• Canoeists paddle by tree lined shores

    Saint Croix

    National Scenic Riverway WI,MN


A yellowish-brown mussel, buried part way in the river bottom, has a white fleshy part sticking out from the shell

A mussel extrudes a lure for fish to attract them them to her.

NPS, Multi-agency zebra mussel dive team

Native Freshwater Mussels

The St. Croix has is known for having a mostly intact mussel population. Meaning, the species that lived here 100 years ago are still the species living here today. This includes 40 species of mussels, five of which are on the endangered species list. To see a list of the mussel species in the St. Croix, print a mussel fact sheet, or to learn more... about mussels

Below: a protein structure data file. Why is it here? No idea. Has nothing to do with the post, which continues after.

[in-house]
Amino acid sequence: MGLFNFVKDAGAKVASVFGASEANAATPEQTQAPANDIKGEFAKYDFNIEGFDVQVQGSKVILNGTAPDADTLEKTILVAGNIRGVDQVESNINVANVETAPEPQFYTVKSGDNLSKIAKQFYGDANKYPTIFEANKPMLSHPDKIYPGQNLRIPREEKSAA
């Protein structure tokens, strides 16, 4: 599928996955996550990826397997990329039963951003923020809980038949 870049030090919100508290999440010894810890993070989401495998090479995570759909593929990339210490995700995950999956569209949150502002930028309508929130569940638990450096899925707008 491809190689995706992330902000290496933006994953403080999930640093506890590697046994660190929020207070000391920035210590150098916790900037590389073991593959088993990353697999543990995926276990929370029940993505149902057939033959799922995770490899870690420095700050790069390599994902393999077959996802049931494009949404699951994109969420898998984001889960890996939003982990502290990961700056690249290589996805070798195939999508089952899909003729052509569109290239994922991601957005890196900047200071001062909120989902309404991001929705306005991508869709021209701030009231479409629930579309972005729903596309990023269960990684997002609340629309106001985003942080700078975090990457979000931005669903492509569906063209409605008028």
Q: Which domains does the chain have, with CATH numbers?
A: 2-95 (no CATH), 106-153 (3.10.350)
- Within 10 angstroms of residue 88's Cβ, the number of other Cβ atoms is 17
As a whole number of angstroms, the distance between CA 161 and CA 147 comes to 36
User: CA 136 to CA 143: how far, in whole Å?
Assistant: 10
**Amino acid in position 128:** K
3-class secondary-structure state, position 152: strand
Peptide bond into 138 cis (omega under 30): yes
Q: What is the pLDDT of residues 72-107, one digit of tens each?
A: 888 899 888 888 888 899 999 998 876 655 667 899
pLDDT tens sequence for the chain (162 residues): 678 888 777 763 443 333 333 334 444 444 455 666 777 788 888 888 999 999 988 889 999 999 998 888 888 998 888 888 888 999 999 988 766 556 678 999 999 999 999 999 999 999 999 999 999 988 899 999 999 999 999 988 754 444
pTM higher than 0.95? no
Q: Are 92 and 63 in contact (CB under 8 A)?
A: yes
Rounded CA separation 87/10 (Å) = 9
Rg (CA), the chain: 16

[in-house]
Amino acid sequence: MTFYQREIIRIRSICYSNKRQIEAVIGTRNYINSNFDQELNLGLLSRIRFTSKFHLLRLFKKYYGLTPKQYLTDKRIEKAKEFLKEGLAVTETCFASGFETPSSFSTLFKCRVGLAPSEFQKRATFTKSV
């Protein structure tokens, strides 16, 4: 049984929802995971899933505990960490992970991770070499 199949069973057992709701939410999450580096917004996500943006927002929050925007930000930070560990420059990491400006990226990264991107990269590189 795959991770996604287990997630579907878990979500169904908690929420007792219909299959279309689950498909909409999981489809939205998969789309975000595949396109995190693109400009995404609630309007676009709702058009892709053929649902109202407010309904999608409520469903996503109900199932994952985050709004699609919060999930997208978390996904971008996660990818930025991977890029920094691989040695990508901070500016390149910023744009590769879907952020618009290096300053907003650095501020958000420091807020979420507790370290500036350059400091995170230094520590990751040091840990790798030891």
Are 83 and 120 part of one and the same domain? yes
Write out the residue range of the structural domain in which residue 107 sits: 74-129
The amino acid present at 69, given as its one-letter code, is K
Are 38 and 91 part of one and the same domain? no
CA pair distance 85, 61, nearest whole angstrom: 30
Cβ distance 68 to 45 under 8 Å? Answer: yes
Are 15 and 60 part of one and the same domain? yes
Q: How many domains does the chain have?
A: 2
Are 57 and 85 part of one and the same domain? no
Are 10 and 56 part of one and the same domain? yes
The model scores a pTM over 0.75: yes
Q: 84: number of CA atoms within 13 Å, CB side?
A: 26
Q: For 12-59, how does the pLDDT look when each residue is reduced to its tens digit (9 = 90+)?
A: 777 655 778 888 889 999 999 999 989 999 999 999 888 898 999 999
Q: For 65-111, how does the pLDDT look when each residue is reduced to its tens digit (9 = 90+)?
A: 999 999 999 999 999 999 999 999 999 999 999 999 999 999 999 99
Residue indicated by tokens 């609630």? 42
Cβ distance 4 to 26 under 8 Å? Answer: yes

Female mussels need to find a fish to carry their glochidia, (baby mussels) for a few weeks. Then the young can survive on their own and will drop to the river bottom. Different mussel species use different methods to attract the fish and some are very picky as to what kind of fish they want to attract. Watch some videos of different mussels trying to attract a fish.




Did You Know?

An aerial photo of the river splitting and a tributaru joining from the north

In the Dakota language The St. Croix River is O-Ki-Zu-Wa-Kpa: To meet or to unite, as the waters of a river gather into a lake or two rivers meet or an area where we planted. Dakota and Ojibwe Indians still live near St. Croix NSR.